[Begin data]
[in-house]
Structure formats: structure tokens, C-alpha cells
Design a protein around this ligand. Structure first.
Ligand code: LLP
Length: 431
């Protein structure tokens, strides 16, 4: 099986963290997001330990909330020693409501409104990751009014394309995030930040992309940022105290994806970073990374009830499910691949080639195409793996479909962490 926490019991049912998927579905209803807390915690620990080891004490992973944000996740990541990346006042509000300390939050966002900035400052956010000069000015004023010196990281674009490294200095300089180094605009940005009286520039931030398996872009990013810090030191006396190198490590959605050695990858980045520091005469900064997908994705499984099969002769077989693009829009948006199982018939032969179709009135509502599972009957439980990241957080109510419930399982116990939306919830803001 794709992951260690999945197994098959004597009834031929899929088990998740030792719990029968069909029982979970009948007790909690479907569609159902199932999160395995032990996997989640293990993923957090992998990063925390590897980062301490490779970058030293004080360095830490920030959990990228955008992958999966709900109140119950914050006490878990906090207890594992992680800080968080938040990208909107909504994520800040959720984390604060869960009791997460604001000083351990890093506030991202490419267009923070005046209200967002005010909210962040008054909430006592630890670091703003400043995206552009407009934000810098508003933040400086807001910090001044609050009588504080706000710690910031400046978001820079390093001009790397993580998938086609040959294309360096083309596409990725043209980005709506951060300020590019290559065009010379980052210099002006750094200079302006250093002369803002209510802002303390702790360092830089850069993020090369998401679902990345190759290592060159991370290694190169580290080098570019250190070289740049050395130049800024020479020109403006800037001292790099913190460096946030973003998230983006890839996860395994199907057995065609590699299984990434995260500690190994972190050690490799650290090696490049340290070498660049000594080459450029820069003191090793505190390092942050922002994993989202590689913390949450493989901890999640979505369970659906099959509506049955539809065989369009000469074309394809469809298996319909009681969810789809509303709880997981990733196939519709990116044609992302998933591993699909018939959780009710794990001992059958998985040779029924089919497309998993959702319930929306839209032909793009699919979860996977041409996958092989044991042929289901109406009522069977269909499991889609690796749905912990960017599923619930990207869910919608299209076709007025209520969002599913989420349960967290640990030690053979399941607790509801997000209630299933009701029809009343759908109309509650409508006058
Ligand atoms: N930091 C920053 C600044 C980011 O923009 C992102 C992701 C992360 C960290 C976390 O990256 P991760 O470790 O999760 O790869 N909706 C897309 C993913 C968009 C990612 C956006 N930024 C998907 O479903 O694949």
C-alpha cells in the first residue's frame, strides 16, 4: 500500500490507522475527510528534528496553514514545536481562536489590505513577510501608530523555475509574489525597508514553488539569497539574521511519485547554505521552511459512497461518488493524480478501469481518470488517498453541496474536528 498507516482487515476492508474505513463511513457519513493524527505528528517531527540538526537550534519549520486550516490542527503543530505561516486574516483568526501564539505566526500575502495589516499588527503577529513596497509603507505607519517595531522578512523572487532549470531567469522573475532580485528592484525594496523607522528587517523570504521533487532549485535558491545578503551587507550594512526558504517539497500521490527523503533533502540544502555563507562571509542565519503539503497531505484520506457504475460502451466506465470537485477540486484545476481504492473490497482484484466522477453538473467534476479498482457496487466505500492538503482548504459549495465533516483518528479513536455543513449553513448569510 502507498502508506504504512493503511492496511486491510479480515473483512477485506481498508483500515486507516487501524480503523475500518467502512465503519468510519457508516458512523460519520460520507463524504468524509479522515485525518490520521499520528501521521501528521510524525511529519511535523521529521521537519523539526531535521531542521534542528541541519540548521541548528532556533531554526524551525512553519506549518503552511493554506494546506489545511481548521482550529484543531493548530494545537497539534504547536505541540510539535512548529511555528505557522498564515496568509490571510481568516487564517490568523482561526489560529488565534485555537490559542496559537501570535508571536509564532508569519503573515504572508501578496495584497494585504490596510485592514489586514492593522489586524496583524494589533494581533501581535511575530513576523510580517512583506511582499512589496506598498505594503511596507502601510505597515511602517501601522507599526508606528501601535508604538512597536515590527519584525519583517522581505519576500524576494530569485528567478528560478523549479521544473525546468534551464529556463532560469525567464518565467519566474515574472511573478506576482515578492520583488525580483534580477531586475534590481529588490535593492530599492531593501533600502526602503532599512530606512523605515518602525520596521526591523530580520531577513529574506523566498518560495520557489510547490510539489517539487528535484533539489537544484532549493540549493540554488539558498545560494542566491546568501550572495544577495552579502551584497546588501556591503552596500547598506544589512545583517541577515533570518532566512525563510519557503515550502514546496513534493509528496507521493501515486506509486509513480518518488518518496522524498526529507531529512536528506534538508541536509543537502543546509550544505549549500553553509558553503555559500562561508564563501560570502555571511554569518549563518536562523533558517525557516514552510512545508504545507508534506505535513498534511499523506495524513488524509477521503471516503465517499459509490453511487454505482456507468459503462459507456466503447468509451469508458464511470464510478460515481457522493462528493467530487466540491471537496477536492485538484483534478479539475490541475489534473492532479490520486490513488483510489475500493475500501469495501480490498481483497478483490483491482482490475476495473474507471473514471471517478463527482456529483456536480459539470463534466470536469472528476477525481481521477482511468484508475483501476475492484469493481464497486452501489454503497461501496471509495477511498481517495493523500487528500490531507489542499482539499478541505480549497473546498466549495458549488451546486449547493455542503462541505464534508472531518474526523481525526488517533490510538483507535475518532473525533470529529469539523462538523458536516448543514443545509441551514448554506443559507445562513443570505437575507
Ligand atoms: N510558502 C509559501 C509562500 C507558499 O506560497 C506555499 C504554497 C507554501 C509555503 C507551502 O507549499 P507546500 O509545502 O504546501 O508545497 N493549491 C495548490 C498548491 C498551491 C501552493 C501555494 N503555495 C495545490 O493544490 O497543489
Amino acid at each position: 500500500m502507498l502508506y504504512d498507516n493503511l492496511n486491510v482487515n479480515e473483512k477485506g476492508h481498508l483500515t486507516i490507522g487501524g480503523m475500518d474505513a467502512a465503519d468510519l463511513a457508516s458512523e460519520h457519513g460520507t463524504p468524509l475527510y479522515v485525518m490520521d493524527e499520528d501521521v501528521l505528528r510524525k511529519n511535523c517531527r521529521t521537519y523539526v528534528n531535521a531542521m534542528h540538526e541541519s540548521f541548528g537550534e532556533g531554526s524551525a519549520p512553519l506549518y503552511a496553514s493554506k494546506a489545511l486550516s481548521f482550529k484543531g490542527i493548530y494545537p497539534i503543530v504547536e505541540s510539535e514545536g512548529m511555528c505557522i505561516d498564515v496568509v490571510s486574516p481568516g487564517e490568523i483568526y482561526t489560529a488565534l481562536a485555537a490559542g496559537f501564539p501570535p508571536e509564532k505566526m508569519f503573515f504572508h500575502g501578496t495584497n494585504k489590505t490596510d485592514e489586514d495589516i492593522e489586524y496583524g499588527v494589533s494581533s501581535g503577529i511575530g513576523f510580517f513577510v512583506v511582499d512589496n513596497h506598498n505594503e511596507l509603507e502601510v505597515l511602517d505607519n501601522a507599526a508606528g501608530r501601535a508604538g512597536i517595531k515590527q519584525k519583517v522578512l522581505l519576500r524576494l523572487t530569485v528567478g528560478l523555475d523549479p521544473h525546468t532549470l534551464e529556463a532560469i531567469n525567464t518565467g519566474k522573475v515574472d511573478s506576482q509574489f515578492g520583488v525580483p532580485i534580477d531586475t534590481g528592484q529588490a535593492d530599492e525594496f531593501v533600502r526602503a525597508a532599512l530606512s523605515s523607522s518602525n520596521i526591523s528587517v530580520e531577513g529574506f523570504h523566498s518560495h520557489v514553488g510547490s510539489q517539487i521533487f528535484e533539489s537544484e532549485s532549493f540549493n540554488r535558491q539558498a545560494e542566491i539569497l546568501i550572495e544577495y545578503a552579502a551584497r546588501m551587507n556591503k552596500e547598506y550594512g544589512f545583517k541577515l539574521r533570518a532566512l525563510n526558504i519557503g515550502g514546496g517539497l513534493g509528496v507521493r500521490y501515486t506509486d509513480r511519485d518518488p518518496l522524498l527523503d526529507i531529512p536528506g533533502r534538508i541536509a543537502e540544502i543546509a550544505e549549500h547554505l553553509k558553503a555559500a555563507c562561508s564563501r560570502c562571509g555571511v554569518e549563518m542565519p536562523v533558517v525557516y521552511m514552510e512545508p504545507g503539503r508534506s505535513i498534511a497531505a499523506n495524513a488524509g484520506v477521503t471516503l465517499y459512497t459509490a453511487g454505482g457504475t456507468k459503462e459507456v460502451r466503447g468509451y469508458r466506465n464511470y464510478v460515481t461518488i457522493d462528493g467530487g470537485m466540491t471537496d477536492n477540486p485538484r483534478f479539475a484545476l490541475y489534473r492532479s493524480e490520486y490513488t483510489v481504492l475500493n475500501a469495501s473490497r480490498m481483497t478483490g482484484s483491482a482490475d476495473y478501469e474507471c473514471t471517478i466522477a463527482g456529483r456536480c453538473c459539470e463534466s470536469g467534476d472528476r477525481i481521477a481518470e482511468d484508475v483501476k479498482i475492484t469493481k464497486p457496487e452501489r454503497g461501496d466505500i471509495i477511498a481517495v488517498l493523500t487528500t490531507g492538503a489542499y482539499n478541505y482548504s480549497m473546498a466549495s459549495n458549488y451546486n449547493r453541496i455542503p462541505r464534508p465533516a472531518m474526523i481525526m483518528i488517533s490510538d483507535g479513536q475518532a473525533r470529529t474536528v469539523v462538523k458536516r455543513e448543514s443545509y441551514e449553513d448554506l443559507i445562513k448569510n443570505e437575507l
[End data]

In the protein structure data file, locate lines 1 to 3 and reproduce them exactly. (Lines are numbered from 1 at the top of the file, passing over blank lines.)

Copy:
[in-house]
Structure formats: structure tokens, C-alpha cells
Design a protein around this ligand. Structure first.